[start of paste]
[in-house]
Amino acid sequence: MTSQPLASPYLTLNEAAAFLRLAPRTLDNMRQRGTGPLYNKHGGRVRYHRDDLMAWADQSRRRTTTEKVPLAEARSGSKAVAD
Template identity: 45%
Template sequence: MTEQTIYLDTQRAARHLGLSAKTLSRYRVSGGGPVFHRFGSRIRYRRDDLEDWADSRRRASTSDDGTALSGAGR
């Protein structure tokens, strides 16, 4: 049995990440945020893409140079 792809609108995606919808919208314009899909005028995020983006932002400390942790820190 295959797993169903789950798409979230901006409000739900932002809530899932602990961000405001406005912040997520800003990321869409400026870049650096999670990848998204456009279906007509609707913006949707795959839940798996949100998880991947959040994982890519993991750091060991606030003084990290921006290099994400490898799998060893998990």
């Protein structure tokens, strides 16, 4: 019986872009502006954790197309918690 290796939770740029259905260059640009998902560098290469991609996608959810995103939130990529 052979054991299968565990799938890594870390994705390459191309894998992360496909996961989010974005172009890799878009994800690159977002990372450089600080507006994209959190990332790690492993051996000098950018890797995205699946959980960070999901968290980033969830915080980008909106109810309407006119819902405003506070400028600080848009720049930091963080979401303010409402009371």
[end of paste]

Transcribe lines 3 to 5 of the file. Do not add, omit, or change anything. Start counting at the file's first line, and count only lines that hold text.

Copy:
Template identity: 45%
Template sequence: MTEQTIYLDTQRAARHLGLSAKTLSRYRVSGGGPVFHRFGSRIRYRRDDLEDWADSRRRASTSDDGTALSGAGR
């Protein structure tokens, strides 16, 4: 049995990440945020893409140079 792809609108995606919808919208314009899909005028995020983006932002400390942790820190 295959797993169903789950798409979230901006409000739900932002809530899932602990961000405001406005912040997520800003990321869409400026870049650096999670990848998204456009279906007509609707913006949707795959839940798996949100998880991947959040994982890519993991750091060991606030003084990290921006290099994400490898799998060893998990």